The Ancestor Cell.

Books  And relax.  After forty odd novels and a handful of short stories, I finally reach the biggest spoiler I was going to encounter in this endeavour.  Rather like the Master’s return in Utopia, I’ve known what happens at the conclusion of The Ancestor Cell for seven years and not because of a tabloid (imagine if they’d given a toss in two-thousand) but from our own party newsletter.  Like Utopia though, the devil was going to be in the method, how it was going to happen and it seems only right and proper that a very big lever should be involved.  But, since I know there will still be a couple of people who aren’t totally aware of the magnificent conclusion of this particular story of the timelord Doctor that’s all I’ll say.  This review will be largely spoiler free. Heavy sigh.

But feel free to email if you have any questions.

What I can say though is that it’s the kind of work which is largely impossible to review.  I know Vanessa Bishop gave it a decent go in DWM way back when and noted that it mostly looks like the authors Peter Anghelides and Stephen Cole made a list of everything they thought needed to be sorted out in terms of the plot-arc and the characters and worked their way through from top to bottom.  That’s not an impression I can disagree with -- this does pack in a whole vast range of continuity references, so much so that at times they threaten to overwhelm the impetuous of what all of these books should be about -- the adventure.  In case it hasn’t become apparent much as I love continuity, it’s needs to be in the service of the romp, not the romp itself.

Despite that, the authors have still managed to produce a highly entertaining read, largely because they've taken the material and molded it into what's essentially a solidly traditional narrative, without the fractured time structures, interesting literary devices or experimentation of the likes of The Blue Angel or even Frontier Worlds.  Lawrence Miles isn't much of a fan of what Cole and Anghelides did to his ideas (he's said so in many an interview) to the point of disregarding whole sections of it in his own Faction Paradox work.  To be fair to Miles, the concepts are interesting and exciting but unfortunately within the format of these novels and the way they were published they weren't given the necessary space to breath.  He perhaps imagined that the novels resulting from Interference would be all about the Faction Paradox, the Celestis and the timelords making plans for the enemy.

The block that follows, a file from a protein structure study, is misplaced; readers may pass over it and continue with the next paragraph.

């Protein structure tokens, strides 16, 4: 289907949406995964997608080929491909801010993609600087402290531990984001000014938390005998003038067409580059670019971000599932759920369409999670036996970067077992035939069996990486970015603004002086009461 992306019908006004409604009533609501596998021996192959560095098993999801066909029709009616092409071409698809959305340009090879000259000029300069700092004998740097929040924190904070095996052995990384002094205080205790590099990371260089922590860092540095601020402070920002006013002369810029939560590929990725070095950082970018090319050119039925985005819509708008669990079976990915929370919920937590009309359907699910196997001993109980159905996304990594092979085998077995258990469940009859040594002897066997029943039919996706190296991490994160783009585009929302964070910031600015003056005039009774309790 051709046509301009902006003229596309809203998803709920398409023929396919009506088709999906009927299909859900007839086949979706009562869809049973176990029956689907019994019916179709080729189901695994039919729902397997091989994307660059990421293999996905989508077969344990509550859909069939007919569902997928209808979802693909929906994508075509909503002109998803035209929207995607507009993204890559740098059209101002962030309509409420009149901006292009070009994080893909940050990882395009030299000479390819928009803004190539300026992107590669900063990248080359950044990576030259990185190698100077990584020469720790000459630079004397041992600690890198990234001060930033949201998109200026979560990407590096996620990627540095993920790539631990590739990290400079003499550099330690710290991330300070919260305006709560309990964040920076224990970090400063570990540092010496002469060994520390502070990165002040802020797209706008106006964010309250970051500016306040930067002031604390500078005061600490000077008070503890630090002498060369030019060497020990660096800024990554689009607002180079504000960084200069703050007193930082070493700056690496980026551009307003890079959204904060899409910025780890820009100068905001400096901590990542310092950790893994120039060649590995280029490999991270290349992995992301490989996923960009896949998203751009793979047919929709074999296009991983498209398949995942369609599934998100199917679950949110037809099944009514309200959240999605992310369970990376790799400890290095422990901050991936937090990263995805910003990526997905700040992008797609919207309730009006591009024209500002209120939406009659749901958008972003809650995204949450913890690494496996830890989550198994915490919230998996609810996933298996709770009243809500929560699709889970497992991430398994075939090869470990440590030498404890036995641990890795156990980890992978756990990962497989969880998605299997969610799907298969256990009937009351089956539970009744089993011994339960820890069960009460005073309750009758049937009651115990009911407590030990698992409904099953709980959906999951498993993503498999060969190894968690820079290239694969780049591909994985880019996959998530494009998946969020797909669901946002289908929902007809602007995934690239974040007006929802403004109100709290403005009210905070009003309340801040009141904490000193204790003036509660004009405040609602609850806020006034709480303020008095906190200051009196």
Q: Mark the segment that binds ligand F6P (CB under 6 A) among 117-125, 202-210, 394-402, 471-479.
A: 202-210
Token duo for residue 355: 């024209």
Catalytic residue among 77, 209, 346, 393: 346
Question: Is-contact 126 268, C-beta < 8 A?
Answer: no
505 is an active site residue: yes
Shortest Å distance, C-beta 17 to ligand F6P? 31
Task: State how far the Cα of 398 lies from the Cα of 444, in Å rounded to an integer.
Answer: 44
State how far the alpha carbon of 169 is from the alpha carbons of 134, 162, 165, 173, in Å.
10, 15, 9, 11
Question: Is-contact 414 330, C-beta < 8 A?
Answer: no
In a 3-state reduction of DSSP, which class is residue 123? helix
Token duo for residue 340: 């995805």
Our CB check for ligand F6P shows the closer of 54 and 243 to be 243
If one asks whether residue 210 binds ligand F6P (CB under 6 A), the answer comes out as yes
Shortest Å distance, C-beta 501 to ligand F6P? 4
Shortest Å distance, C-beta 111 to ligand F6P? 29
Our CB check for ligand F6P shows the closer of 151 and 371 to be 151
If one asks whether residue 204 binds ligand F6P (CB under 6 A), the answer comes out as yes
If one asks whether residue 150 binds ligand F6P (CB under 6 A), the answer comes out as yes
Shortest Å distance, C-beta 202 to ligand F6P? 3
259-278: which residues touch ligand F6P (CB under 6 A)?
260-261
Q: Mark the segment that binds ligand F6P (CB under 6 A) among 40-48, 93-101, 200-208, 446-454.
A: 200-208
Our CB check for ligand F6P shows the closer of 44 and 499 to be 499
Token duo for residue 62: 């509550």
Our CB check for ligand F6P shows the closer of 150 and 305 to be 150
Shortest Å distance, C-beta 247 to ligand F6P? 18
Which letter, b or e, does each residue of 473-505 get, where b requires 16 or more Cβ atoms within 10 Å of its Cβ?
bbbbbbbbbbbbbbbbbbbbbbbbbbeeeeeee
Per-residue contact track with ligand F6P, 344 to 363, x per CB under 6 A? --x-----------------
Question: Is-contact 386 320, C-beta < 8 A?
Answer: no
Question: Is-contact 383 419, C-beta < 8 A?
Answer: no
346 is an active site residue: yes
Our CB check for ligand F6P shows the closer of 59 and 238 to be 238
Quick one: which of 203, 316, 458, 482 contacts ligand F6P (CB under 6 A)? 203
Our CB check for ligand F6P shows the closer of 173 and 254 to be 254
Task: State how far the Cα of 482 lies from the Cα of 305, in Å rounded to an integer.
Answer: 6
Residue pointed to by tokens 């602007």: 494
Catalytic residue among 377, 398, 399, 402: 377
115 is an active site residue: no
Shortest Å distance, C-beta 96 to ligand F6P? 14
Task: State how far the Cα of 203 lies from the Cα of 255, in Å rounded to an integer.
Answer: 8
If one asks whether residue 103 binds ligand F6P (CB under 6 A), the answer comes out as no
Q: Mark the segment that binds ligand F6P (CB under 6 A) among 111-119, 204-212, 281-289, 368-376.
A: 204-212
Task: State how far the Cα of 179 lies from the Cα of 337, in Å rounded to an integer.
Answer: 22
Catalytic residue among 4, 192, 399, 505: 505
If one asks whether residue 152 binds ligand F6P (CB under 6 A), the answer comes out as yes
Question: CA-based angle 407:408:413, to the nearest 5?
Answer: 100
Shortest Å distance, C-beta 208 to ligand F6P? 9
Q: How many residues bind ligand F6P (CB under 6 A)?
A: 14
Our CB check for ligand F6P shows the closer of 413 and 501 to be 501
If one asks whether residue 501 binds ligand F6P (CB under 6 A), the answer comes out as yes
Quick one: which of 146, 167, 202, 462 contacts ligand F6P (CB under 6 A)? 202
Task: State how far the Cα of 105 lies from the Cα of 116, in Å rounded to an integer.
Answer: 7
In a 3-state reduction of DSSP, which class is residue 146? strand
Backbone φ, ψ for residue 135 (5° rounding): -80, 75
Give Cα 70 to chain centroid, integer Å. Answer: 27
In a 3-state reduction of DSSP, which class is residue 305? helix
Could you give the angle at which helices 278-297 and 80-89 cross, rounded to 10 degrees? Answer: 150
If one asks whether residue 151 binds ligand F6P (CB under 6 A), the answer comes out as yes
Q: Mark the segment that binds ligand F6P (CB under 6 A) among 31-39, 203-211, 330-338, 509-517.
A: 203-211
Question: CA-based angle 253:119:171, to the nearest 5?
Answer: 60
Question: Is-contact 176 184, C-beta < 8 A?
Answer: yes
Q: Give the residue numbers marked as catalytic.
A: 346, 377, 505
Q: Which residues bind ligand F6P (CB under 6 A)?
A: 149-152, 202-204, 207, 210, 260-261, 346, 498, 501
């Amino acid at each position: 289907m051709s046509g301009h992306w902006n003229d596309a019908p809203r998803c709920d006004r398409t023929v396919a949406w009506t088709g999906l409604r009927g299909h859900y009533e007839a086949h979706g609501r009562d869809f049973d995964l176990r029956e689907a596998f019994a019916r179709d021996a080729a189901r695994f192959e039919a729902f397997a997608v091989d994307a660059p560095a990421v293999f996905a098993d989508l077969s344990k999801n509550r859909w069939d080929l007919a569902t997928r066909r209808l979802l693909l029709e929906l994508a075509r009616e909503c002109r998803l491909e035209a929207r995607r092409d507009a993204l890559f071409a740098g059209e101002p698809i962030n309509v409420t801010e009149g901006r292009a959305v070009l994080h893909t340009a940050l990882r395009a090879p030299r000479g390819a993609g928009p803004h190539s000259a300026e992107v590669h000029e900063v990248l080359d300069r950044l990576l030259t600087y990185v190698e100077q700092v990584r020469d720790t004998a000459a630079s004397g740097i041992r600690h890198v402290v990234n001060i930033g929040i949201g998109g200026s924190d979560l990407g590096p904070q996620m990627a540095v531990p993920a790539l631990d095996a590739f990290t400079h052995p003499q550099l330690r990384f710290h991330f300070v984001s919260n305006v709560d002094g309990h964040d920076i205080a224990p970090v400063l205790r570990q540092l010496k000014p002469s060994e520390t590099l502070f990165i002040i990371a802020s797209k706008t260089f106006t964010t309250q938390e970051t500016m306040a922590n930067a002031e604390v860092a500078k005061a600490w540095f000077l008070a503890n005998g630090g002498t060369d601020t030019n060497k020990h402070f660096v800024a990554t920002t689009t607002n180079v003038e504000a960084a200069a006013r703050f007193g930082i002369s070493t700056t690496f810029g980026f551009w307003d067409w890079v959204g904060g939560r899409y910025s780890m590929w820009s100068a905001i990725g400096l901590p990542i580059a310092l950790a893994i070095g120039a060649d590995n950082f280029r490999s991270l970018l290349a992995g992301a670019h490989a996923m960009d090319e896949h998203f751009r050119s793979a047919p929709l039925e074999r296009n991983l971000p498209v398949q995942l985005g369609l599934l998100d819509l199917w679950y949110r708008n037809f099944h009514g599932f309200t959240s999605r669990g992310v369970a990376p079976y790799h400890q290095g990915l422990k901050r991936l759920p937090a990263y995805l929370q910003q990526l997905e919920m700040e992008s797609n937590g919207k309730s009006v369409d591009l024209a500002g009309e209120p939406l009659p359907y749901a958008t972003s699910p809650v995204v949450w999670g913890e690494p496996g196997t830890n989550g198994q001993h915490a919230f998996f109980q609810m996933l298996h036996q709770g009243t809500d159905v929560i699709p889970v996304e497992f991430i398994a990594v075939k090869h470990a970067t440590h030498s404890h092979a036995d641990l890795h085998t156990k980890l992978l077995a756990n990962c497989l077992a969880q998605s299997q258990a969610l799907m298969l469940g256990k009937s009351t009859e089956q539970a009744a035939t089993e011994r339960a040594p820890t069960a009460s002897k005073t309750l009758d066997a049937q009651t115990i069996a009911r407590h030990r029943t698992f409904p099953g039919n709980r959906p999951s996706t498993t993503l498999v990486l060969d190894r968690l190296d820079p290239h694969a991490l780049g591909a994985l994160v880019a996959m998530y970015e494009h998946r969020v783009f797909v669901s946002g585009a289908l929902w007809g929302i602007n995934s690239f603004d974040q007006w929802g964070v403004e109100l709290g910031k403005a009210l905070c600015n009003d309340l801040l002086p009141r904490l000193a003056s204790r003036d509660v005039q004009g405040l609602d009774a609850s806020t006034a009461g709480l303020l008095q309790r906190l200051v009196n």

Unfortunately, up to and including the new series, Doctor Who as a concept has never been comfortable with structured plot-arcs, b-stories that last across whole stretches.  Its stock in trade, and when it has been most successful has always been when adventures that are comprehensible to the newbe or fairweather or non-fan.  Otherwise an odd kind of fatigue sets in as the particular producer, editor or writer tries to circumvent the premises inherent randomness by setting the Doctor on an imutable course.  BBC Books, quite rightly, didn't want any of the books to be too obscure for the casual browser who remembers the show as a kid.

With the exception of The Taking of Planet 5, the books have tried their best to set the Interference issues aside and with The Shadows of Avalon try and defocus them, putting the burden of plotting in Compassion's hands.  Under these circumstances, Interference looks like the publishing equivalent of the tee-totaler going out and getting blissfully rat-arsed, sleeping with the wrong person and then regretting it for months afterwards, trying desperately to reaffirm their natural tendencies, with just a few lapses here and there.  The Ancestor Cell, then, may well be the novels turning up at an AA meeting, standing up and saying 'I'm a Doctor Who tie-in and I'm addicted to continuity.'

The novel is about as Doctor Who as one of these books can get.  The Faction Paradox in here then, become to all intents and purposes a fairly traditional antagonist bent on invasion, of Gallifrey instead of Earth, their overall plan no different -- if slightly more graphic -- than the Daleks hollowing out the Earth and turning it into a giant starship or using Satellite Five as a way of blocking an invasion fleet.  The timelords, in trying to capture Compassion aren't that much more different than Torchwood or some Terrabound scientists looking for a way to battle the Enemy (taking into account that the Enemy here is different to the Paradox).  The final battle between the Doctor and whoever is as old as the hills really, literally fighting his own future.